Like most Americans, I love a good donut—sprinkles, chocolate icing, cream-filled, you name it. But I was disappointed to see that Dunkin’ Donuts, the nation’s largest donut chain, doesn’t offer a single vegan donut for millions of potential customers like me who are choosing to eat plant-based for animals, the environment, and their own health.Several years ago, thousands of Compassion Over Killing’s supporters asked the donut giant for vegan options, and Dunkin’ responded to this demand with a statement on its website: “You’ve Asked and We’ve Heard,” as it poured out almond milk (which it now offers nationwide!) for its coffee. And yet all of Dunkin’s donuts still contain egg and/or milk ingredients. Now it’s time to make our voices heard once more: Join me in telling Dunkin’ we want a vegan donut to dunk in our coffee!More and more Americans are choosing plant-based fare as the public grows increasingly aware of the vast animal suffering in the dairy and egg industries, in which exhausted mother cows are slaughtered when no longer able to produce milk, and male chicks, considered useless, are even ground up alive. Many consumers are ditching cholesterol-packed dairy and eggs for their own health or to cut their carbon footprints. With plant-based eating on the rise, sales of dairy alternatives are soaring, and big brands like Starbucks, Duncan Hines, sweetFrog, and Breyers are already dishing up vegan sweet treats.But consumers are hungry for a vegan donut nationwide, and as the leading donut chain, Dunkin’ has a major opportunity to attract a massive segment of potential customers by offering one. In fact, industry magazine QSR recently cited offering vegan options as #7 in its list of “100 Ideas for Improving Your Restaurant Brand,” while international restaurant consultants Baum+Whiteman named plant-based eating the 2018 trend of the year.Please join me today in asking Dunkin’ for a slam dunk in our coffee today: a vegan donut on its menu!Sincerely,Antoine Knighton, the Vegan Ref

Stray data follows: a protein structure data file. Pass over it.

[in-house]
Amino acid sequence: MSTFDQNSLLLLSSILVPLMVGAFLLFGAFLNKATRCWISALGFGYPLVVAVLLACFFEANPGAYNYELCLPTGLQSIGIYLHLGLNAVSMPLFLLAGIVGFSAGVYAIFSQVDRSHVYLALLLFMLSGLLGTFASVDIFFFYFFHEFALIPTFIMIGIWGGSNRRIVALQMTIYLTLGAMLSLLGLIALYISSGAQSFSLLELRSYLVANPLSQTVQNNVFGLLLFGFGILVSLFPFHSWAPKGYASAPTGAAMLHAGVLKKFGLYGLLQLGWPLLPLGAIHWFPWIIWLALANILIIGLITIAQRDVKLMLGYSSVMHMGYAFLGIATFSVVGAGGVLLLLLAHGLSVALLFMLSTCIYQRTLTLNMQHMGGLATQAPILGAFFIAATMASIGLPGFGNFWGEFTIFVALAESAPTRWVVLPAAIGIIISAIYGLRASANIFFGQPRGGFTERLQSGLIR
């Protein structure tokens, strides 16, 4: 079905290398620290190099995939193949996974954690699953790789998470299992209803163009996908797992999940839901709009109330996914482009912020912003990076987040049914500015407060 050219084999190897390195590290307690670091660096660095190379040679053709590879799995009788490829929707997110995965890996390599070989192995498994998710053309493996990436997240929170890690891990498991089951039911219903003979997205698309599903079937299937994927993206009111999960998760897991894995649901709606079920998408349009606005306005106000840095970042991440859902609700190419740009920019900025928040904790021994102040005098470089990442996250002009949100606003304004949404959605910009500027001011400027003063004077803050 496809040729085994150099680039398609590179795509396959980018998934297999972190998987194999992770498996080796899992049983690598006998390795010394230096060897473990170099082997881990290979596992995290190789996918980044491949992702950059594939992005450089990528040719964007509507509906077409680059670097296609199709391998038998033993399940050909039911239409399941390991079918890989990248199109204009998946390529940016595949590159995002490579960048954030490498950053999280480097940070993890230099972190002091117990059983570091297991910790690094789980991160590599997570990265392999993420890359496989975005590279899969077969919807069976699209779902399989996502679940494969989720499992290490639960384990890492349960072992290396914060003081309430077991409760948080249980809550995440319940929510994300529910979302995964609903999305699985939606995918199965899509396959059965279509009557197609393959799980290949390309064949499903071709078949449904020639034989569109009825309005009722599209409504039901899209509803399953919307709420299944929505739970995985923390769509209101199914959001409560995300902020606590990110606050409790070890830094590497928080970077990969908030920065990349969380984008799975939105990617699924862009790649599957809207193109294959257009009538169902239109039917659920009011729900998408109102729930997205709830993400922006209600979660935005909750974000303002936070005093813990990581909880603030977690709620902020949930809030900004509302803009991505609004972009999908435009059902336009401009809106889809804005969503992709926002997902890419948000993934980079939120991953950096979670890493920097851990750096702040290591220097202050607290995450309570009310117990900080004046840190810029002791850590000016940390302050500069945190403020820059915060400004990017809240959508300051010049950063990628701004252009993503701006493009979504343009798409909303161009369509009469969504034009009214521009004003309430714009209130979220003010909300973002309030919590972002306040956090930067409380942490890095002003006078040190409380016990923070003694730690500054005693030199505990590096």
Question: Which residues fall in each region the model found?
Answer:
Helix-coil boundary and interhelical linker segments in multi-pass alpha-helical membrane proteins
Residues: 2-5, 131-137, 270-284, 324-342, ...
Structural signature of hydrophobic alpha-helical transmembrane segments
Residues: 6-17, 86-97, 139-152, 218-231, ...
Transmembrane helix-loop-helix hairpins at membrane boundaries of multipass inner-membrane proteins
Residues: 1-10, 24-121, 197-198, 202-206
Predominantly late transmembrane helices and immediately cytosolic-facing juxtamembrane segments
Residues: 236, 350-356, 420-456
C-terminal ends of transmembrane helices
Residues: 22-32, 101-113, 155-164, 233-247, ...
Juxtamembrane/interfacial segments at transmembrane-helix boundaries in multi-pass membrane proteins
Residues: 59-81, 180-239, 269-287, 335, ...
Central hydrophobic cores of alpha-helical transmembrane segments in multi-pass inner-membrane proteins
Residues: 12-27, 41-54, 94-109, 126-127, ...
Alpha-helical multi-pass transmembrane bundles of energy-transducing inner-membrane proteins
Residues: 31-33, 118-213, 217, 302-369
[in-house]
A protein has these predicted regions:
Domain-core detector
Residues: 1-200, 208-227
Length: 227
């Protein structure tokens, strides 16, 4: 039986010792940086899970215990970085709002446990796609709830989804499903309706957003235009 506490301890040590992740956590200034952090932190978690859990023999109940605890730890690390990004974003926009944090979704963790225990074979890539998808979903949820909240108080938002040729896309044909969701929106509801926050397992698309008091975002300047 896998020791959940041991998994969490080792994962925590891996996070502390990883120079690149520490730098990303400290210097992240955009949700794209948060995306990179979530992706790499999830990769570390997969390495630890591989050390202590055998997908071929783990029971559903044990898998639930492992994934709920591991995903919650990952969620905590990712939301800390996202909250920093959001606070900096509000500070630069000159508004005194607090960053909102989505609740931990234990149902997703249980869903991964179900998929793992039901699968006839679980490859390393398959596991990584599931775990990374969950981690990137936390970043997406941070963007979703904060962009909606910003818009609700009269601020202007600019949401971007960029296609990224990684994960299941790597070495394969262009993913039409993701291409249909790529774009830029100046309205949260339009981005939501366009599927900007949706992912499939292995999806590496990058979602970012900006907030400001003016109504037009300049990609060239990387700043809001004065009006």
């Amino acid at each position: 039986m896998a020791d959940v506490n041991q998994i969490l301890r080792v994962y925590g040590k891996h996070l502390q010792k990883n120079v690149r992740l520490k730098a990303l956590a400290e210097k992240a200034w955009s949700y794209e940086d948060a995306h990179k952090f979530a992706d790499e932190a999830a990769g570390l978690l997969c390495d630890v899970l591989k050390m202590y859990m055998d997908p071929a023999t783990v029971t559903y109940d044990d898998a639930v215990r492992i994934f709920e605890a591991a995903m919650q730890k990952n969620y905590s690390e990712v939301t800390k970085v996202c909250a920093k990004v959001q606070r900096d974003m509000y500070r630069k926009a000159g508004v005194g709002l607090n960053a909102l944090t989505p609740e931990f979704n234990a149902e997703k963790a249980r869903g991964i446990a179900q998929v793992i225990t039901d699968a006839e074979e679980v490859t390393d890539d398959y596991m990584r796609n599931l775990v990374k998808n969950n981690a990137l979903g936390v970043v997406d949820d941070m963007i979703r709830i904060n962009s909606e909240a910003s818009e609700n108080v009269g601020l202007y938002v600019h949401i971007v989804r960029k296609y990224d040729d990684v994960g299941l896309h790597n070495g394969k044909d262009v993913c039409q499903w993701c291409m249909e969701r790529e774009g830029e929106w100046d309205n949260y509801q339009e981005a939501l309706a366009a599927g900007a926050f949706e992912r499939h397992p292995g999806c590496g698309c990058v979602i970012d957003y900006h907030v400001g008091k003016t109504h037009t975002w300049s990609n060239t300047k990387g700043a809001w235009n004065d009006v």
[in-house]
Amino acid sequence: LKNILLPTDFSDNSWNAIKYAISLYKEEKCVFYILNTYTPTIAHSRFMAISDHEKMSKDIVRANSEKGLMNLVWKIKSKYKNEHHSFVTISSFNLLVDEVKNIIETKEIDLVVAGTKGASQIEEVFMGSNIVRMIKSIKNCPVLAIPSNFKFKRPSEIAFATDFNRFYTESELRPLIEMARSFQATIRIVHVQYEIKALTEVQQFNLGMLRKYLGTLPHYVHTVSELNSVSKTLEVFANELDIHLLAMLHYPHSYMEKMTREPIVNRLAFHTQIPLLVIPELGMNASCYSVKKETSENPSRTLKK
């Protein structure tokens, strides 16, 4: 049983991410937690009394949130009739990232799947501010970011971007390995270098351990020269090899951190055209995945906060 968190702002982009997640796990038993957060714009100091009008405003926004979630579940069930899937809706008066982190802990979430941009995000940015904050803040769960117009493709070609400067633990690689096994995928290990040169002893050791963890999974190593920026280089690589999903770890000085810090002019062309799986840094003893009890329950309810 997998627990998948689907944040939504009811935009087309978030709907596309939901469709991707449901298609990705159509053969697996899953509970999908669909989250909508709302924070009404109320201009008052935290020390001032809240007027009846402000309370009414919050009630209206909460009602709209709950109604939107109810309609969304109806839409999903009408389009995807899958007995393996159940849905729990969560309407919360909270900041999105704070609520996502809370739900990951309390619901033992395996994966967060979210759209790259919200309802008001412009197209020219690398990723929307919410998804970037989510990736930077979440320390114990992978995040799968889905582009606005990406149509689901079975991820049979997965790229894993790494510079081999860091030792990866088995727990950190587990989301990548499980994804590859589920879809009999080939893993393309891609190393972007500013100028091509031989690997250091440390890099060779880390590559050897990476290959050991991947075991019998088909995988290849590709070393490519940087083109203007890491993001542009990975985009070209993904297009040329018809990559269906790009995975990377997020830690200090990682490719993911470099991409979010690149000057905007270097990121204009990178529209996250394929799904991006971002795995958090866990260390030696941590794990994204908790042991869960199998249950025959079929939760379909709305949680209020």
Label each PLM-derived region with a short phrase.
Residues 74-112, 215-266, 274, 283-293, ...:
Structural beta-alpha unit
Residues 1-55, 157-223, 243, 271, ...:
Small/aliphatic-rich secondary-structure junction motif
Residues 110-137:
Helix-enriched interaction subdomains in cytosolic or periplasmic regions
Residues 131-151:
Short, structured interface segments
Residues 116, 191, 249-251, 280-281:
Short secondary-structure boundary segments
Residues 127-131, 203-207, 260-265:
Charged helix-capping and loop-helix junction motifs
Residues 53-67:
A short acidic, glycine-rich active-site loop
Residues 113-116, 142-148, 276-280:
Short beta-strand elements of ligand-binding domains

Kraft a Better BOCA and Ditch Dairy!